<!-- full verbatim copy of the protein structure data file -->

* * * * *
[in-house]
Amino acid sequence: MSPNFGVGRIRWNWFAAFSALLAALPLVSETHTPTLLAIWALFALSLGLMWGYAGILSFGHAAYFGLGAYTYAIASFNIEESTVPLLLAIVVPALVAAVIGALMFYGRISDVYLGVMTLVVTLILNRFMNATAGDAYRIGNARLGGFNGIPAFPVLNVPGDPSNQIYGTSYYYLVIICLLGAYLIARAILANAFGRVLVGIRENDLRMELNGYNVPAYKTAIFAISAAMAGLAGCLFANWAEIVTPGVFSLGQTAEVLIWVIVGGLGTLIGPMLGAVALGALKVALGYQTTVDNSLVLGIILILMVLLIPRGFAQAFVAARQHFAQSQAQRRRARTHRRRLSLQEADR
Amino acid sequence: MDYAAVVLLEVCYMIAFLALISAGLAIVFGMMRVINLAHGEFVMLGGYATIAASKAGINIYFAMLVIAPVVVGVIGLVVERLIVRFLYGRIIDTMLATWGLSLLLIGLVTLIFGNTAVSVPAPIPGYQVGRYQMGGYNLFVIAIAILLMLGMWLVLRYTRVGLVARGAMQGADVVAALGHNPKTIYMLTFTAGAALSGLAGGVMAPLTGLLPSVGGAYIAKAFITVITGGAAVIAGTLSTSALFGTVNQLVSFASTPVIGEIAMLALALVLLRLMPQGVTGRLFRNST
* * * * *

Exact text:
[in-house]
Amino acid sequence: MSPNFGVGRIRWNWFAAFSALLAALPLVSETHTPTLLAIWALFALSLGLMWGYAGILSFGHAAYFGLGAYTYAIASFNIEESTVPLLLAIVVPALVAAVIGALMFYGRISDVYLGVMTLVVTLILNRFMNATAGDAYRIGNARLGGFNGIPAFPVLNVPGDPSNQIYGTSYYYLVIICLLGAYLIARAILANAFGRVLVGIRENDLRMELNGYNVPAYKTAIFAISAAMAGLAGCLFANWAEIVTPGVFSLGQTAEVLIWVIVGGLGTLIGPMLGAVALGALKVALGYQTTVDNSLVLGIILILMVLLIPRGFAQAFVAARQHFAQSQAQRRRARTHRRRLSLQEADR
Amino acid sequence: MDYAAVVLLEVCYMIAFLALISAGLAIVFGMMRVINLAHGEFVMLGGYATIAASKAGINIYFAMLVIAPVVVGVIGLVVERLIVRFLYGRIIDTMLATWGLSLLLIGLVTLIFGNTAVSVPAPIPGYQVGRYQMGGYNLFVIAIAILLMLGMWLVLRYTRVGLVARGAMQGADVVAALGHNPKTIYMLTFTAGAALSGLAGGVMAPLTGLLPSVGGAYIAKAFITVITGGAAVIAGTLSTSALFGTVNQLVSFASTPVIGEIAMLALALVLLRLMPQGVTGRLFRNST